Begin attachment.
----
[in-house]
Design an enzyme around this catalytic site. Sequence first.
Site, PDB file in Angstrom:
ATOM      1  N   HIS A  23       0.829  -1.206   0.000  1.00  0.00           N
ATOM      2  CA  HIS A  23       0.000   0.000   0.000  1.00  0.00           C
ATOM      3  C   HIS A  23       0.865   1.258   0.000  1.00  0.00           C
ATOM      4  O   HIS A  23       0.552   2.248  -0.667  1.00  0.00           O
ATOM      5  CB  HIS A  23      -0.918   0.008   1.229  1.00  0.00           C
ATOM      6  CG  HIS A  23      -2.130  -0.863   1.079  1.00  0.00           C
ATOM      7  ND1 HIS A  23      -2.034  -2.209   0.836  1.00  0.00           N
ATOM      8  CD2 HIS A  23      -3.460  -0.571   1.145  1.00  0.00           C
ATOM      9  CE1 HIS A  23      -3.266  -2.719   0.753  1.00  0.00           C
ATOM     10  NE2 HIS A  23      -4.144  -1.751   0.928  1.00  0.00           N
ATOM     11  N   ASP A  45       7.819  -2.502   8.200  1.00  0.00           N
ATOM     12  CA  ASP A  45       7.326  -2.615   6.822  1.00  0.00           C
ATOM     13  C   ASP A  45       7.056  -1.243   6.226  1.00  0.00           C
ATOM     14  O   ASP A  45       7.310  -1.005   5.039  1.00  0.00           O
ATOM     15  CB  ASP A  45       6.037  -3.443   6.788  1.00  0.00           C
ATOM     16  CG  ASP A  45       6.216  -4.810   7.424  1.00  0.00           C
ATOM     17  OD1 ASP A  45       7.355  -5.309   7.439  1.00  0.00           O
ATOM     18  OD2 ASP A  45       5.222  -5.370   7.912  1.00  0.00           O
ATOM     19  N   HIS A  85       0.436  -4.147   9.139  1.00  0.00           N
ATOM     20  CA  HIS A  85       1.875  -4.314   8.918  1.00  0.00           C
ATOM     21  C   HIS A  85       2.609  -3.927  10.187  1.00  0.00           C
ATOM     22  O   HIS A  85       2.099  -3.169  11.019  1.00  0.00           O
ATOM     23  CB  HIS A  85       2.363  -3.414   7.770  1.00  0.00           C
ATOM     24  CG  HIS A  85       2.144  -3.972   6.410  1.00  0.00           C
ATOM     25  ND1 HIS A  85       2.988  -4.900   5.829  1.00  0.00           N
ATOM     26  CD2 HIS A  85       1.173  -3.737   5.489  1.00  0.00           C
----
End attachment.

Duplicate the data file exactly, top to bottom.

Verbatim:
[in-house]
Design an enzyme around this catalytic site. Sequence first.
Site, PDB file in Angstrom:
ATOM      1  N   HIS A  23       0.829  -1.206   0.000  1.00  0.00           N
ATOM      2  CA  HIS A  23       0.000   0.000   0.000  1.00  0.00           C
ATOM      3  C   HIS A  23       0.865   1.258   0.000  1.00  0.00           C
ATOM      4  O   HIS A  23       0.552   2.248  -0.667  1.00  0.00           O
ATOM      5  CB  HIS A  23      -0.918   0.008   1.229  1.00  0.00           C
ATOM      6  CG  HIS A  23      -2.130  -0.863   1.079  1.00  0.00           C
ATOM      7  ND1 HIS A  23      -2.034  -2.209   0.836  1.00  0.00           N
ATOM      8  CD2 HIS A  23      -3.460  -0.571   1.145  1.00  0.00           C
ATOM      9  CE1 HIS A  23      -3.266  -2.719   0.753  1.00  0.00           C
ATOM     10  NE2 HIS A  23      -4.144  -1.751   0.928  1.00  0.00           N
ATOM     11  N   ASP A  45       7.819  -2.502   8.200  1.00  0.00           N
ATOM     12  CA  ASP A  45       7.326  -2.615   6.822  1.00  0.00           C
ATOM     13  C   ASP A  45       7.056  -1.243   6.226  1.00  0.00           C
ATOM     14  O   ASP A  45       7.310  -1.005   5.039  1.00  0.00           O
ATOM     15  CB  ASP A  45       6.037  -3.443   6.788  1.00  0.00           C
ATOM     16  CG  ASP A  45       6.216  -4.810   7.424  1.00  0.00           C
ATOM     17  OD1 ASP A  45       7.355  -5.309   7.439  1.00  0.00           O
ATOM     18  OD2 ASP A  45       5.222  -5.370   7.912  1.00  0.00           O
ATOM     19  N   HIS A  85       0.436  -4.147   9.139  1.00  0.00           N
ATOM     20  CA  HIS A  85       1.875  -4.314   8.918  1.00  0.00           C
ATOM     21  C   HIS A  85       2.609  -3.927  10.187  1.00  0.00           C
ATOM     22  O   HIS A  85       2.099  -3.169  11.019  1.00  0.00           O
ATOM     23  CB  HIS A  85       2.363  -3.414   7.770  1.00  0.00           C
ATOM     24  CG  HIS A  85       2.144  -3.972   6.410  1.00  0.00           C
ATOM     25  ND1 HIS A  85       2.988  -4.900   5.829  1.00  0.00           N
ATOM     26  CD2 HIS A  85       1.173  -3.737   5.489  1.00  0.00           C